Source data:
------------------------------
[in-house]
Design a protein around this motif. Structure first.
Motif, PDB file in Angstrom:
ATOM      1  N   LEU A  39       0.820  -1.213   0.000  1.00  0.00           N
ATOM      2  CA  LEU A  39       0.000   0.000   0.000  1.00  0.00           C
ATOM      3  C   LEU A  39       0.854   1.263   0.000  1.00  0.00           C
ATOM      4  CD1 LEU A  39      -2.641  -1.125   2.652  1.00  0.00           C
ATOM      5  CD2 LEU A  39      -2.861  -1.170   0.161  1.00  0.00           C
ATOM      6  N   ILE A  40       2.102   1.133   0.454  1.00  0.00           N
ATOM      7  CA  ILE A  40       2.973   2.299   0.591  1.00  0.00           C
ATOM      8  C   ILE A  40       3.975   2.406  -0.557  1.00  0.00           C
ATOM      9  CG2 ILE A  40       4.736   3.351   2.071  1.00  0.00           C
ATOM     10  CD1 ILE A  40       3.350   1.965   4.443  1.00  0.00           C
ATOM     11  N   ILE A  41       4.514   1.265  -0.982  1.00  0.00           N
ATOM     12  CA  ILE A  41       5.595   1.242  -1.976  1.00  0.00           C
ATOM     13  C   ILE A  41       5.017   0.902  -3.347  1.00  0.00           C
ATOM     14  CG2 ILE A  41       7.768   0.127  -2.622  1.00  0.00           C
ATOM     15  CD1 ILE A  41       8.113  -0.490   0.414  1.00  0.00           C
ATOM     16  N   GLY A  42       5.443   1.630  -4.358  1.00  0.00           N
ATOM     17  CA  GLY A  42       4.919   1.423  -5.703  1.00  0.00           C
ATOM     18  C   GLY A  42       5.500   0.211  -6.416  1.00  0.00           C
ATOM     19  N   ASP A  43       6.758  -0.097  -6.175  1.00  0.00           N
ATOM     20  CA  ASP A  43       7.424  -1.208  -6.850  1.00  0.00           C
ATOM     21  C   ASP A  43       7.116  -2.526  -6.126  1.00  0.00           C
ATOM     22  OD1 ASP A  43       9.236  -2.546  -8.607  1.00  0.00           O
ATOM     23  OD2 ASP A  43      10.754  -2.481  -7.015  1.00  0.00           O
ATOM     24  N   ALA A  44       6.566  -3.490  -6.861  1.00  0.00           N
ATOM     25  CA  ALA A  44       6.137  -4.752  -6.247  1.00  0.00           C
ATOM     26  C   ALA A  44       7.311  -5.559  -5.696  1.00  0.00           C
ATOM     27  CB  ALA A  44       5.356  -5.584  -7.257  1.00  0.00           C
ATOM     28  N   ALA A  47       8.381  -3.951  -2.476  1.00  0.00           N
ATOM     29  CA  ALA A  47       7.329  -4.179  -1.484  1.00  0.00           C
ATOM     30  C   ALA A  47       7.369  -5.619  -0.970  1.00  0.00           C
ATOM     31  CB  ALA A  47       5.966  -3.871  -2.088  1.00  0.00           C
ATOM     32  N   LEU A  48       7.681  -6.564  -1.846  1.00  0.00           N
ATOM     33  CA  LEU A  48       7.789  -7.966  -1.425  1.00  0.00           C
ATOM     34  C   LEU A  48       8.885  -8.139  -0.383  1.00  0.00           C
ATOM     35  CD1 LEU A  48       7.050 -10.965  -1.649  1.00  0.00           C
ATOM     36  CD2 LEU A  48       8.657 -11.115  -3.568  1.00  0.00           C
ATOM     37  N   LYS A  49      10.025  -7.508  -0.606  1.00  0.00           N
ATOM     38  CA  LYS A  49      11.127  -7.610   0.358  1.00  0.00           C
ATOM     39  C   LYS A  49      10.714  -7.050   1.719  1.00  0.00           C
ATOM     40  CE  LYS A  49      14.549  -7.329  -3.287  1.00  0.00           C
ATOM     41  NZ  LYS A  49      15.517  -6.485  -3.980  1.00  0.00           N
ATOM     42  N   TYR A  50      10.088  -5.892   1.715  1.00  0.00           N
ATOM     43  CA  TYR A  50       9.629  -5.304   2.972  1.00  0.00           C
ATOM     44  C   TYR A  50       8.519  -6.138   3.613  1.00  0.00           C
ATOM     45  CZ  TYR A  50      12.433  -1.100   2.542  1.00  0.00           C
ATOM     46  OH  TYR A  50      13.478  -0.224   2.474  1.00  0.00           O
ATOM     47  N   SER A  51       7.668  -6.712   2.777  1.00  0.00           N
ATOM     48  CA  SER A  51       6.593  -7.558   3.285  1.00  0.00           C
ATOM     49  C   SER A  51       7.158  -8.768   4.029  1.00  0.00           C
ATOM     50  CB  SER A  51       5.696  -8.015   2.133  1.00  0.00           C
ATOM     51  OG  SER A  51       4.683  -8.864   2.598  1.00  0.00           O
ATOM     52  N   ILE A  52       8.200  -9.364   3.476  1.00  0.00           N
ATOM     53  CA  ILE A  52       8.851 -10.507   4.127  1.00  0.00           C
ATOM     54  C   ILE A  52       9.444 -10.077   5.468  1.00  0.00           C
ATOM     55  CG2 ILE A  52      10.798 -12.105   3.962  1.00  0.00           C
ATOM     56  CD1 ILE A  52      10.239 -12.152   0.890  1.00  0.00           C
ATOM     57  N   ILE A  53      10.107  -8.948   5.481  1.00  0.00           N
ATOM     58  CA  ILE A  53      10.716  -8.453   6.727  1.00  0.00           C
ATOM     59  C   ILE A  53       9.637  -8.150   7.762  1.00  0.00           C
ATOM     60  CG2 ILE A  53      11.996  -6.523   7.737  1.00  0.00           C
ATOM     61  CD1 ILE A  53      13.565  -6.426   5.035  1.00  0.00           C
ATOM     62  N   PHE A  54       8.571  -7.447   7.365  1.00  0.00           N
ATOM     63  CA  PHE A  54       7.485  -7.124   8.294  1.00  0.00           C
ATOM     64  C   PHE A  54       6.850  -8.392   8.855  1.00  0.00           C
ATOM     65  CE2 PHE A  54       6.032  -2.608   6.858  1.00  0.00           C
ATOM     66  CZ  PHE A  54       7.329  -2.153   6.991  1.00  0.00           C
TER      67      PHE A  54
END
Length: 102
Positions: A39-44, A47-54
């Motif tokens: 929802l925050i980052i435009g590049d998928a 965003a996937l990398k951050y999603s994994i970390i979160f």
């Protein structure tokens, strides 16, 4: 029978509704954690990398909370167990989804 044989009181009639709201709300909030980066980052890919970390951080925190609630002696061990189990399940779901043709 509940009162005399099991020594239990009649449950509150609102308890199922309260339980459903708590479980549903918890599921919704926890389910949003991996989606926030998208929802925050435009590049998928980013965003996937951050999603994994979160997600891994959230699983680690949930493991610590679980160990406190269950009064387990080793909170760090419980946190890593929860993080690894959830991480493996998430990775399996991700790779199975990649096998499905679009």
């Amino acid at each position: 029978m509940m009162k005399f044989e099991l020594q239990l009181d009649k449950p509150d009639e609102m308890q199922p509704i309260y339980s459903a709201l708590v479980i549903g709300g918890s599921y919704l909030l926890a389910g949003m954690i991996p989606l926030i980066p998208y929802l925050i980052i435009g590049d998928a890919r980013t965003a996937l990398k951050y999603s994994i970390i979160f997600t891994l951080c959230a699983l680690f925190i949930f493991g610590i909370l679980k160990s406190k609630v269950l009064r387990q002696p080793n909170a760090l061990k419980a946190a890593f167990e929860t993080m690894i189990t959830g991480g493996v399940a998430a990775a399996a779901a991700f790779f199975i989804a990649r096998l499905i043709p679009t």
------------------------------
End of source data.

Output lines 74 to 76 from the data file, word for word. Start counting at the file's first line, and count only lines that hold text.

């Motif tokens: 929802l925050i980052i435009g590049d998928a 965003a996937l990398k951050y999603s994994i970390i979160f």
């Protein structure tokens, strides 16, 4: 029978509704954690990398909370167990989804 044989009181009639709201709300909030980066980052890919970390951080925190609630002696061990189990399940779901043709 509940009162005399099991020594239990009649449950509150609102308890199922309260339980459903708590479980549903918890599921919704926890389910949003991996989606926030998208929802925050435009590049998928980013965003996937951050999603994994979160997600891994959230699983680690949930493991610590679980160990406190269950009064387990080793909170760090419980946190890593929860993080690894959830991480493996998430990775399996991700790779199975990649096998499905679009």
């Amino acid at each position: 029978m509940m009162k005399f044989e099991l020594q239990l009181d009649k449950p509150d009639e609102m308890q199922p509704i309260y339980s459903a709201l708590v479980i549903g709300g918890s599921y919704l909030l926890a389910g949003m954690i991996p989606l926030i980066p998208y929802l925050i980052i435009g590049d998928a890919r980013t965003a996937l990398k951050y999603s994994i970390i979160f997600t891994l951080c959230a699983l680690f925190i949930f493991g610590i909370l679980k160990s406190k609630v269950l009064r387990q002696p080793n909170a760090l061990k419980a946190a890593f167990e929860t993080m690894i189990t959830g991480g493996v399940a998430a990775a399996a779901a991700f790779f199975i989804a990649r096998l499905i043709p679009t």